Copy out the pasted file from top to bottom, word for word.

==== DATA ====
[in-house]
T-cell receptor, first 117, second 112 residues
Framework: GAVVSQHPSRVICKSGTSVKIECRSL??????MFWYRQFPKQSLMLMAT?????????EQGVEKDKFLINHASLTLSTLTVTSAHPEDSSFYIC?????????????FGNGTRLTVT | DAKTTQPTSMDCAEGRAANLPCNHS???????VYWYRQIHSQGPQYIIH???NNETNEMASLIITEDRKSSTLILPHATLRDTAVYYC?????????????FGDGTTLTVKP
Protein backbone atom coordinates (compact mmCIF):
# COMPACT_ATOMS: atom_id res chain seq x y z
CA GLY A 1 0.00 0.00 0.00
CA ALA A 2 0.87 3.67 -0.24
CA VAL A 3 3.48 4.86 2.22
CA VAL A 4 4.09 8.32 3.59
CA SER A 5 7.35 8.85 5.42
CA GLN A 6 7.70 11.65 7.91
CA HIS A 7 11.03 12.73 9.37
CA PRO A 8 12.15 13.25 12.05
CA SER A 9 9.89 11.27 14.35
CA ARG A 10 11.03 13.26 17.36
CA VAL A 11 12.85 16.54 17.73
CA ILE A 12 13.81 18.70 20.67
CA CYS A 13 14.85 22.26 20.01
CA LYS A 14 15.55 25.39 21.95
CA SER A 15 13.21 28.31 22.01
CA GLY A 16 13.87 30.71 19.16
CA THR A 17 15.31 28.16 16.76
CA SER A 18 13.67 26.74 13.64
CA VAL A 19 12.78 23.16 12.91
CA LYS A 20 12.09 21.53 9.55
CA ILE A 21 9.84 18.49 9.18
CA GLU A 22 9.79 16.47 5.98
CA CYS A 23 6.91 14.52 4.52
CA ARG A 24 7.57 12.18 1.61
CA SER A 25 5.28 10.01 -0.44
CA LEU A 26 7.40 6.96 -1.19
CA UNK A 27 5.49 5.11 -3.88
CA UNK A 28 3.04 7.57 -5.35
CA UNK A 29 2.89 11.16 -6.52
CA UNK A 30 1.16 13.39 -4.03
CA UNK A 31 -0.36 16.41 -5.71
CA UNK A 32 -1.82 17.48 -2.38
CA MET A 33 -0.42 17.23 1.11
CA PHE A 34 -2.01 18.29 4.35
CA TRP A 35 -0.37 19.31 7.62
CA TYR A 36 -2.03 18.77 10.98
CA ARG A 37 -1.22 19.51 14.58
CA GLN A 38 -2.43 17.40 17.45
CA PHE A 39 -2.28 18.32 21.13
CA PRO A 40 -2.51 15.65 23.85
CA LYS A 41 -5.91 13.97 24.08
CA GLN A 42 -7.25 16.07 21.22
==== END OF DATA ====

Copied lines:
[in-house]
T-cell receptor, first 117, second 112 residues
Framework: GAVVSQHPSRVICKSGTSVKIECRSL??????MFWYRQFPKQSLMLMAT?????????EQGVEKDKFLINHASLTLSTLTVTSAHPEDSSFYIC?????????????FGNGTRLTVT | DAKTTQPTSMDCAEGRAANLPCNHS???????VYWYRQIHSQGPQYIIH???NNETNEMASLIITEDRKSSTLILPHATLRDTAVYYC?????????????FGDGTTLTVKP
Protein backbone atom coordinates (compact mmCIF):
# COMPACT_ATOMS: atom_id res chain seq x y z
CA GLY A 1 0.00 0.00 0.00
CA ALA A 2 0.87 3.67 -0.24
CA VAL A 3 3.48 4.86 2.22
CA VAL A 4 4.09 8.32 3.59
CA SER A 5 7.35 8.85 5.42
CA GLN A 6 7.70 11.65 7.91
CA HIS A 7 11.03 12.73 9.37
CA PRO A 8 12.15 13.25 12.05
CA SER A 9 9.89 11.27 14.35
CA ARG A 10 11.03 13.26 17.36
CA VAL A 11 12.85 16.54 17.73
CA ILE A 12 13.81 18.70 20.67
CA CYS A 13 14.85 22.26 20.01
CA LYS A 14 15.55 25.39 21.95
CA SER A 15 13.21 28.31 22.01
CA GLY A 16 13.87 30.71 19.16
CA THR A 17 15.31 28.16 16.76
CA SER A 18 13.67 26.74 13.64
CA VAL A 19 12.78 23.16 12.91
CA LYS A 20 12.09 21.53 9.55
CA ILE A 21 9.84 18.49 9.18
CA GLU A 22 9.79 16.47 5.98
CA CYS A 23 6.91 14.52 4.52
CA ARG A 24 7.57 12.18 1.61
CA SER A 25 5.28 10.01 -0.44
CA LEU A 26 7.40 6.96 -1.19
CA UNK A 27 5.49 5.11 -3.88
CA UNK A 28 3.04 7.57 -5.35
CA UNK A 29 2.89 11.16 -6.52
CA UNK A 30 1.16 13.39 -4.03
CA UNK A 31 -0.36 16.41 -5.71
CA UNK A 32 -1.82 17.48 -2.38
CA MET A 33 -0.42 17.23 1.11
CA PHE A 34 -2.01 18.29 4.35
CA TRP A 35 -0.37 19.31 7.62
CA TYR A 36 -2.03 18.77 10.98
CA ARG A 37 -1.22 19.51 14.58
CA GLN A 38 -2.43 17.40 17.45
CA PHE A 39 -2.28 18.32 21.13
CA PRO A 40 -2.51 15.65 23.85
CA LYS A 41 -5.91 13.97 24.08
CA GLN A 42 -7.25 16.07 21.22